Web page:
Considering the events that have transpired over this past week involving executive producer Andrew Kreisberg, The Flash couldn’t have timed its latest episode, “When Harry Met Harry,” any worse.
The sexual assault allegations against Kreisberg have prompted feedback from a variety of people, including fans, actors, and writers that were victims. Being a white male in power apparently made him feel invincible. Like he could get away with anything. And he did. Until now.
In its first five episodes of season 4, The Flash has embraced its lighter tone, its focus on characters, and the power of redemption. But the one flaw thus far — which was made abundantly clear in this sixth hour — was the character of Ralph Dibney, who represents everything that is wrong with society and media today.
Of all of the weeks for this episode — which had been previously shot for some time — to air, this was the most ill-timed. Or, you could say it was the best time. Consider it karmic justice from the universe towards Kreisberg, whose presence could be felt throughout this episode with the belittling of women and sexist remarks.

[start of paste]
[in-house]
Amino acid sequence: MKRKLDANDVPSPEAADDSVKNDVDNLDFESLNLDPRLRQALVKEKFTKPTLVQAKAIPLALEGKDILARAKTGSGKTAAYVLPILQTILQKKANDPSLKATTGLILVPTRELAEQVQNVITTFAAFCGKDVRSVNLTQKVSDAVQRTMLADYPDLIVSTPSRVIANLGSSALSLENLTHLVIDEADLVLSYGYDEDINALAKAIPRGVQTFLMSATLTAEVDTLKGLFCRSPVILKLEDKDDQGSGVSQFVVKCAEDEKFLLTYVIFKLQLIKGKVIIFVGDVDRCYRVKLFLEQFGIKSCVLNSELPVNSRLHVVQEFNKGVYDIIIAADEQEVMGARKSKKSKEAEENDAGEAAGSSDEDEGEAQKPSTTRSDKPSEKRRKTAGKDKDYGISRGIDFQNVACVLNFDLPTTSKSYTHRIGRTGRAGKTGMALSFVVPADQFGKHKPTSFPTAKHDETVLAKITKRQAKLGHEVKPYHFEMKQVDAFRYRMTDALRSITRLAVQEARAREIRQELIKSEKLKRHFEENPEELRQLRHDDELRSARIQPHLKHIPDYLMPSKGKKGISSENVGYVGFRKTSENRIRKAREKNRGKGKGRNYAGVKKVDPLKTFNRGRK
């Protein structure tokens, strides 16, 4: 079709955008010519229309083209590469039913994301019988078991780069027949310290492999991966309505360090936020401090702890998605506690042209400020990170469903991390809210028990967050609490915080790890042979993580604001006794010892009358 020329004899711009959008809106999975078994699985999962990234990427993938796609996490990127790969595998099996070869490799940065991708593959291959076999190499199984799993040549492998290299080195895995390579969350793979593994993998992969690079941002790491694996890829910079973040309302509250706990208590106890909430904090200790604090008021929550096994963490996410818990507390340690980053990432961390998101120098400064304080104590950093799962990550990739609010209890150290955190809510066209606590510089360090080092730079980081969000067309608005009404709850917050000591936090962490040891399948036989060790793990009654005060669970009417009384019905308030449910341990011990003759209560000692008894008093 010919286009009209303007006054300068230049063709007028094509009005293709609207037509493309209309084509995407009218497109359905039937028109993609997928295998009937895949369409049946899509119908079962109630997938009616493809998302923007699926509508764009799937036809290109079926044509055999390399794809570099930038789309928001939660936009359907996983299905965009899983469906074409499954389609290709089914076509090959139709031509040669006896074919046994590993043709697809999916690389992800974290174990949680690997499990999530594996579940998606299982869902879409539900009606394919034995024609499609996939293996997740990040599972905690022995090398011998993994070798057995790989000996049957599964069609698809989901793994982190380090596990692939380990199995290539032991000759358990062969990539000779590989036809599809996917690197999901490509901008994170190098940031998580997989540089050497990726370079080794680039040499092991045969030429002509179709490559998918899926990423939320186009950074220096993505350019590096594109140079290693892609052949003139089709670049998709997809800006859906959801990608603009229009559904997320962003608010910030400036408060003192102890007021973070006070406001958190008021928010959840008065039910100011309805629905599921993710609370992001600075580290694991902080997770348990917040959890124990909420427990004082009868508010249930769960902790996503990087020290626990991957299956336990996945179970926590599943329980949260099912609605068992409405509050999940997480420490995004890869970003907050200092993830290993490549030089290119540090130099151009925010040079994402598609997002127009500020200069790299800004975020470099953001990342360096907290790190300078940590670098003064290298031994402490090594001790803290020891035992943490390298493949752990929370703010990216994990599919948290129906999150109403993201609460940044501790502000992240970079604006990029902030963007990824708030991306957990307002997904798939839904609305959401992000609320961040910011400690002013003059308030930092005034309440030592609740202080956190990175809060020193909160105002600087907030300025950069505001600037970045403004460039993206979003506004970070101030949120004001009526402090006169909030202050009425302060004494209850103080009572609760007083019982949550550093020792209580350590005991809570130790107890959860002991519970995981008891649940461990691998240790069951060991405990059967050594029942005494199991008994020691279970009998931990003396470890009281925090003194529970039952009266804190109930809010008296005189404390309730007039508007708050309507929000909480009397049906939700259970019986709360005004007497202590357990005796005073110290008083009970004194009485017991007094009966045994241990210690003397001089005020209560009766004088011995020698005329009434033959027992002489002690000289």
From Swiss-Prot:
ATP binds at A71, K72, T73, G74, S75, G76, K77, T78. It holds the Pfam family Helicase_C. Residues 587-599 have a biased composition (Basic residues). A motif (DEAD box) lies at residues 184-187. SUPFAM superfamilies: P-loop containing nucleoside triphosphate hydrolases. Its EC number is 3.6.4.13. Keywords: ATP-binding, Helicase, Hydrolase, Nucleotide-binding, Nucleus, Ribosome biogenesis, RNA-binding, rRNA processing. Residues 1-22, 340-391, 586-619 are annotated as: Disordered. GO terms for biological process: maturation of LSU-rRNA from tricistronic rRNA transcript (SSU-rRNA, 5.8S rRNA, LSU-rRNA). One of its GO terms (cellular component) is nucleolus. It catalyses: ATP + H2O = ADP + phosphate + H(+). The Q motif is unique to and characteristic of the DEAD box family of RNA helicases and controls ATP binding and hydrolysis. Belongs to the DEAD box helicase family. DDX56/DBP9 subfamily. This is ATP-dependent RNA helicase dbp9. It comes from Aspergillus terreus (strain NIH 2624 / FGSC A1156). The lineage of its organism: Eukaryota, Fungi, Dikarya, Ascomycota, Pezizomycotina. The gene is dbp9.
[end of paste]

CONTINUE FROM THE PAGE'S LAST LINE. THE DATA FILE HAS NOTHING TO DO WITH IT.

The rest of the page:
While there was a theme of redemption sprinkled through the episode, as well as preaching what it means to be a hero — selfless instead of selfish; brave instead of cowardly; open-minded instead of close-minded, this was easily my least favorite episode of the season. It tried to overcompensate with crude humor that fell flat at the expense of the ladies. Given the past week, this episode was going to be a problem from the start.
Let’s take a look at the problem with Ralph Dibney and how, despite that, redemption is still possible for the hero-in-training.
I wasn’t aware that Ralph Dibney was going to become a central character on The Flash. But once that was made apparent, I decided to give him a chance. It was apparent that he was someone who had fallen into a hole in his life and hadn’t managed to find his way out. Until Barry came along. And suddenly I was getting flashbacks to Supergirl last season when Kara found Mon-El and wanted to help him realize that he could help people. Given I enjoyed how that worked out last season, I was eager to see how things would go with Barry and Ralph given their past and how both were choosing to move forward from it.
But then The Flash let Dibney run wild. Not that a humorous character is “running wild.” It was made apparent from the beginning the type of personality Dibney is. But it was The Flash’s choice to project Ralph Dibney as a man that mentions women by their bust size that really halted the brakes on any desire I had to want to see this character.
Ralph is the representation of everything that’s wrong with certain men, at present. Perverted. Misogynistic. Full of themselves.